United Voice: Local Artists Plan Concert To Pay Youth Usage Fees At Douglass Rec Center
OKLAHOMA CITY - A concert happening this Sunday is already reaching its goals to give back to the community.
Local artists are coming together to raise money for the Douglass Rec Center, which raised its monthly usage fees from $5 to $10.
Fees went up at recreation centers citywide, but for families in some neighborhoods, an extra $5 is more than pocket change.
STEAM Camp is underway at the Douglass Center, and northeast native Jabee Williams recently dedicated time to reconnect with his roots, rapping for the campers.
“During the day in the summertime, there’s nothing to do,” Jabee said, “so you go to the center.”
He remembers walking there almost every day, but he learned on his latest visit that some kids were no longer able to afford it.
Founder of the Poetry and Chill movement, Gregory II, added, “This is where they go to have fun and kick it, and this is a place that is a safe zone for them in the city.”
Gregory II hosts an after-school poetry workshop for Douglass High School students down the street. They have been sharing stories of the same struggle. That is why he did not hesitate to say “yes” to a performance at Jabee's benefit concert, called ‘We Got This!’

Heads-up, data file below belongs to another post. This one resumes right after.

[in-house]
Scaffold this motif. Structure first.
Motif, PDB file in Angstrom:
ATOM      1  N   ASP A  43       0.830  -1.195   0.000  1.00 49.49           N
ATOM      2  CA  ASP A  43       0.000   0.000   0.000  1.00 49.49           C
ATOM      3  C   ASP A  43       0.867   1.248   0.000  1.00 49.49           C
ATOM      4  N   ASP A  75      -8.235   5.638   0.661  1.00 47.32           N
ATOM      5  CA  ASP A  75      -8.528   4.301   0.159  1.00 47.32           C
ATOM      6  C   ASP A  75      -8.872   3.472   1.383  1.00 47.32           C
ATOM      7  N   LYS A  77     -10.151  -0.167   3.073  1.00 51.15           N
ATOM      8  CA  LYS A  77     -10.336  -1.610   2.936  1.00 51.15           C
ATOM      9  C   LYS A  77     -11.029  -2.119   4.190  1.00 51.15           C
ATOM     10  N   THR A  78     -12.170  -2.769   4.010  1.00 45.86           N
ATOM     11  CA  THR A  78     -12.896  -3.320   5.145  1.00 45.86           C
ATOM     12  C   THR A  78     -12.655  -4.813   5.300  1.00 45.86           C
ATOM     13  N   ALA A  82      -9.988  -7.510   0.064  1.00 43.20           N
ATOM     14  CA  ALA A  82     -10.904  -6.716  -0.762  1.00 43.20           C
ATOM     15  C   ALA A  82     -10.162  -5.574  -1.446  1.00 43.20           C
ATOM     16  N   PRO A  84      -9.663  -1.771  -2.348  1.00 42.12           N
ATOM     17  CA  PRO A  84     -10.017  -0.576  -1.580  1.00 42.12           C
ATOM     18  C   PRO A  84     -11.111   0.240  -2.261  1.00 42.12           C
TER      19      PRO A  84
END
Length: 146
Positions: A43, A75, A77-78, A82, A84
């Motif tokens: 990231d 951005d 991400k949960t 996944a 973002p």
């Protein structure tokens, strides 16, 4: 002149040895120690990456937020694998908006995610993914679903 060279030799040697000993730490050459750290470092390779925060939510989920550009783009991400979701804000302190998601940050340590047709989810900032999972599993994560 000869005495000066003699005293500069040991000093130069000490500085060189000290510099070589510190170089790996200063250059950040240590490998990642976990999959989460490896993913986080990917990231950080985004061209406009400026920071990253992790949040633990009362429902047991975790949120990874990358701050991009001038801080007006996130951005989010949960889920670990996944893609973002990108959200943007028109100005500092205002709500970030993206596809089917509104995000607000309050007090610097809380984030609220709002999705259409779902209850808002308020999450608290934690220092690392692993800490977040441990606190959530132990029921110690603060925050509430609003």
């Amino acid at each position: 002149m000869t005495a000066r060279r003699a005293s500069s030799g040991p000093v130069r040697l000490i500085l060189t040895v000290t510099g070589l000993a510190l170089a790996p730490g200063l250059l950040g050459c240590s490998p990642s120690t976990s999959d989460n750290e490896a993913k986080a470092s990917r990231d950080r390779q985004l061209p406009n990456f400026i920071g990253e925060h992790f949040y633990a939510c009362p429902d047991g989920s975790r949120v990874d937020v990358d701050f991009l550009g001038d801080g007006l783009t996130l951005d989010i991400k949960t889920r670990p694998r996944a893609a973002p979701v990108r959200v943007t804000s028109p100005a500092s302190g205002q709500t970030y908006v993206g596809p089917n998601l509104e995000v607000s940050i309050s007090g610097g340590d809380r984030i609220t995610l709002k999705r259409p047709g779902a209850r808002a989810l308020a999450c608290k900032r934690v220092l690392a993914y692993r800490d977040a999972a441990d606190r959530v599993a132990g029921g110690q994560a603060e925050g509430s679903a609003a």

Jabee said, “My mom always told me charity starts at home, so this is my home, so I take care of this first.”
A long list of acts aims to raise enough money to cover the monthly fees for the rec center that means so much to the northeast neighborhood. The cost to attend the concert is free, but they have already collected more than $1,000 in donations.
“People are excited,” Jabee said. “It’s been really good to see people who have no connection, no ties to that center, be so concerned and help out.”
Mayor David Holt and Councilwoman Nikki Nice plan to make appearances on Sunday, with Nice telling me the “fundraiser is a great testament to how we come together as a community!”
The city currently has no plans to lower the rec center's rates.
“A place like this, it has to be open to the community,” Gregory II said. “It has to be free, and that’s the main objective.”
The doors open at 6 p.m. on Sunday, July 7 at the Tower Theatre on NW 23rd Street. The show starts at 7 p.m.